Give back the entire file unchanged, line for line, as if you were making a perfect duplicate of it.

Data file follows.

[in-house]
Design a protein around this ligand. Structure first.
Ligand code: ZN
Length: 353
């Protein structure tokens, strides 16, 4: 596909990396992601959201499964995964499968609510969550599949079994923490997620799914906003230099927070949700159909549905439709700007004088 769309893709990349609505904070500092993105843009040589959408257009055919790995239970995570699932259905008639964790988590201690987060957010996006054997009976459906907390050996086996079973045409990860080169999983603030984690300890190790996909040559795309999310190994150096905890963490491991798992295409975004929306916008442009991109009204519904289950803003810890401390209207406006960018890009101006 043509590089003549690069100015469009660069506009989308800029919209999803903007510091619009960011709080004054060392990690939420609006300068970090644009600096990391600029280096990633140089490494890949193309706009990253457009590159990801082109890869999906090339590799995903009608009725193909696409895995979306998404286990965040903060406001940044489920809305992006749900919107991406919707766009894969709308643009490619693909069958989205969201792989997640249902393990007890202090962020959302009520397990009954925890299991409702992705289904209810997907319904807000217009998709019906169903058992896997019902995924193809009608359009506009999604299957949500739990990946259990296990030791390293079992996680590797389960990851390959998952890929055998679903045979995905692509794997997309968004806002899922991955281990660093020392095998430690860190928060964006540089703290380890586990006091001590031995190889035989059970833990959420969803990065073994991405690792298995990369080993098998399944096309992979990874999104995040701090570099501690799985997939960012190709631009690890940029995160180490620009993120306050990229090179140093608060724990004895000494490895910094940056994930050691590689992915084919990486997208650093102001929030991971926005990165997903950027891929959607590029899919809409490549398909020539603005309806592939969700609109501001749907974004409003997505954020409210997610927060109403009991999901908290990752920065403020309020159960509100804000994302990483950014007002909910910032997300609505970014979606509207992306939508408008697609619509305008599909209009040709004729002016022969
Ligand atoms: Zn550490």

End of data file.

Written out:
[in-house]
Design a protein around this ligand. Structure first.
Ligand code: ZN
Length: 353
């Protein structure tokens, strides 16, 4: 596909990396992601959201499964995964499968609510969550599949079994923490997620799914906003230099927070949700159909549905439709700007004088 769309893709990349609505904070500092993105843009040589959408257009055919790995239970995570699932259905008639964790988590201690987060957010996006054997009976459906907390050996086996079973045409990860080169999983603030984690300890190790996909040559795309999310190994150096905890963490491991798992295409975004929306916008442009991109009204519904289950803003810890401390209207406006960018890009101006 043509590089003549690069100015469009660069506009989308800029919209999803903007510091619009960011709080004054060392990690939420609006300068970090644009600096990391600029280096990633140089490494890949193309706009990253457009590159990801082109890869999906090339590799995903009608009725193909696409895995979306998404286990965040903060406001940044489920809305992006749900919107991406919707766009894969709308643009490619693909069958989205969201792989997640249902393990007890202090962020959302009520397990009954925890299991409702992705289904209810997907319904807000217009998709019906169903058992896997019902995924193809009608359009506009999604299957949500739990990946259990296990030791390293079992996680590797389960990851390959998952890929055998679903045979995905692509794997997309968004806002899922991955281990660093020392095998430690860190928060964006540089703290380890586990006091001590031995190889035989059970833990959420969803990065073994991405690792298995990369080993098998399944096309992979990874999104995040701090570099501690799985997939960012190709631009690890940029995160180490620009993120306050990229090179140093608060724990004895000494490895910094940056994930050691590689992915084919990486997208650093102001929030991971926005990165997903950027891929959607590029899919809409490549398909020539603005309806592939969700609109501001749907974004409003997505954020409210997610927060109403009991999901908290990752920065403020309020159960509100804000994302990483950014007002909910910032997300609505970014979606509207992306939508408008697609619509305008599909209009040709004729002016022969
Ligand atoms: Zn550490």